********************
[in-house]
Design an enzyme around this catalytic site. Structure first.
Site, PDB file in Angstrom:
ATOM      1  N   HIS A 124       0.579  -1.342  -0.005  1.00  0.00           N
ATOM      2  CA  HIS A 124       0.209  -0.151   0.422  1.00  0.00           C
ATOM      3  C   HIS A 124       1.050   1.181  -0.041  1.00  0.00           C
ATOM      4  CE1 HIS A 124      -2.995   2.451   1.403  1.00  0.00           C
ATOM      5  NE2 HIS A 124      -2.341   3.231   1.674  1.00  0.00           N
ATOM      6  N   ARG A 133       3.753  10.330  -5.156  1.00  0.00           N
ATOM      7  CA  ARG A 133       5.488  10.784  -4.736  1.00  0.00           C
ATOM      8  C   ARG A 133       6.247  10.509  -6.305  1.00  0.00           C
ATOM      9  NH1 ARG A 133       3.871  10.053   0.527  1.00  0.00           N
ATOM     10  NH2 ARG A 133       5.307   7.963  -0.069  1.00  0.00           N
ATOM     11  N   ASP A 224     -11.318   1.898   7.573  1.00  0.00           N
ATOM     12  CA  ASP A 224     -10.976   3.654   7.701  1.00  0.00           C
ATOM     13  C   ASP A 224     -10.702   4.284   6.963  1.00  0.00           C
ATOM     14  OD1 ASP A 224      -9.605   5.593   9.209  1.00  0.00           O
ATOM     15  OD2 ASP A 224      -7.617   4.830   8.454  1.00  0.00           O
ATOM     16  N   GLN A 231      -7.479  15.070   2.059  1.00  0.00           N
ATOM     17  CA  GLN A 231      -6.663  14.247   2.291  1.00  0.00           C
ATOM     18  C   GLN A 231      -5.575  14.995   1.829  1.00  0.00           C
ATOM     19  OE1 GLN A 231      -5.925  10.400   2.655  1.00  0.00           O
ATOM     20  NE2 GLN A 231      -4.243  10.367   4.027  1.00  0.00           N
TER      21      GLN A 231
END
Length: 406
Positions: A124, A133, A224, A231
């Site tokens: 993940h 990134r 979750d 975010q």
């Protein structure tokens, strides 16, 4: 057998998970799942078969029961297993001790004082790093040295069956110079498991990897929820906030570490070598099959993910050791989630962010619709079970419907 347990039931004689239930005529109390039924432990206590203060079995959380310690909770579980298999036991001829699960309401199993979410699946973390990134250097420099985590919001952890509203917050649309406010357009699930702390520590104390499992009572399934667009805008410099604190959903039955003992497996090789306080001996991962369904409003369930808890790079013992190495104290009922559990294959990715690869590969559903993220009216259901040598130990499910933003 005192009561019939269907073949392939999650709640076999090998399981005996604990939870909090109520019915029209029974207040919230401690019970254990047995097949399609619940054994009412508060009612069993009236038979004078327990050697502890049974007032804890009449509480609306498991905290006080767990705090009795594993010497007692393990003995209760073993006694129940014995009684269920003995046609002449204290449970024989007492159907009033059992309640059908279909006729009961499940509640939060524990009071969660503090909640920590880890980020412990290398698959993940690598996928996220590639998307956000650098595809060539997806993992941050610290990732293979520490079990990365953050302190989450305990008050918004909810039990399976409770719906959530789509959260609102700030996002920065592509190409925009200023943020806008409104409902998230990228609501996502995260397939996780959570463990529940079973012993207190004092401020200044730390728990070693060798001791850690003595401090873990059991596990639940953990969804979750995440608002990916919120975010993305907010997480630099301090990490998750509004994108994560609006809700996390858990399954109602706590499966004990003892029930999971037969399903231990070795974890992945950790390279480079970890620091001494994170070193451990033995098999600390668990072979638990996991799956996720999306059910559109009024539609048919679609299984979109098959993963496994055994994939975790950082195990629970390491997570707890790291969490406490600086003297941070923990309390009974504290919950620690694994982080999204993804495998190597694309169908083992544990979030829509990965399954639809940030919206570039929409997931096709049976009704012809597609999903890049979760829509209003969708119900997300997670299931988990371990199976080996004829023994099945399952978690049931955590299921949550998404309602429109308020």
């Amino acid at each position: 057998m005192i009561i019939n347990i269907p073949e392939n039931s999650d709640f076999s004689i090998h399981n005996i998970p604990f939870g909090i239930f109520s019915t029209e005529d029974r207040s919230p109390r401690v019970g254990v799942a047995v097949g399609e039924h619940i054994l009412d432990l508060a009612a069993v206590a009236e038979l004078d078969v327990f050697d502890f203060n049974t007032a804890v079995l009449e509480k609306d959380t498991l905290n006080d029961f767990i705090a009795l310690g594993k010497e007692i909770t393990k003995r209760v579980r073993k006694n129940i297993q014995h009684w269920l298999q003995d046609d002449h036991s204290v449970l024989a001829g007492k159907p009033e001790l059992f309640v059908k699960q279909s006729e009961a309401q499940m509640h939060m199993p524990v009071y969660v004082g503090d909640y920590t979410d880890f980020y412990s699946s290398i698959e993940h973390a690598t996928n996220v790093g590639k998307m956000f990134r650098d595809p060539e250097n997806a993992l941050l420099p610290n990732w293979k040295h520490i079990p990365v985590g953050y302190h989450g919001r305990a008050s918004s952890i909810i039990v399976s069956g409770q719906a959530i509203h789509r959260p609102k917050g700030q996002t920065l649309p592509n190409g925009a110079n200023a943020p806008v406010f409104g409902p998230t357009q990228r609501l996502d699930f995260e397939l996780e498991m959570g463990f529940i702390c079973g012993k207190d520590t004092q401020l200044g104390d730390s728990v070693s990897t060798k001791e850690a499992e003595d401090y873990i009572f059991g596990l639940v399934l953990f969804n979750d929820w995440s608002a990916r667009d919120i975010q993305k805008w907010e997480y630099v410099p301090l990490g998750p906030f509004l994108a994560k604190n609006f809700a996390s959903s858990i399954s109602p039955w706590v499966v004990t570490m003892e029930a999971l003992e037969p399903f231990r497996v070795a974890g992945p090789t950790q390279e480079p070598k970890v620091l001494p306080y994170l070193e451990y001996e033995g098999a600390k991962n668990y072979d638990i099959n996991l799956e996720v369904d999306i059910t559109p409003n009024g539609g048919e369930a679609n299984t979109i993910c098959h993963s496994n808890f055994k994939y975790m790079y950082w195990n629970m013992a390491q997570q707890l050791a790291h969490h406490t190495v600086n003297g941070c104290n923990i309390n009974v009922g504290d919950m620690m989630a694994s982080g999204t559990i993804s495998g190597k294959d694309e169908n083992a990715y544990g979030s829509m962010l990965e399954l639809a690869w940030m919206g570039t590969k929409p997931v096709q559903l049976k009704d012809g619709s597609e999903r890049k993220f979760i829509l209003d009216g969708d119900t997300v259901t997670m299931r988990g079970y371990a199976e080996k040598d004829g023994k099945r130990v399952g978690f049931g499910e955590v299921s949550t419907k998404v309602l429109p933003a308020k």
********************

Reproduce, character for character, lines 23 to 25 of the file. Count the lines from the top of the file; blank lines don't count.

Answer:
ATOM     20  NE2 GLN A 231      -4.243  10.367   4.027  1.00  0.00           N
TER      21      GLN A 231
END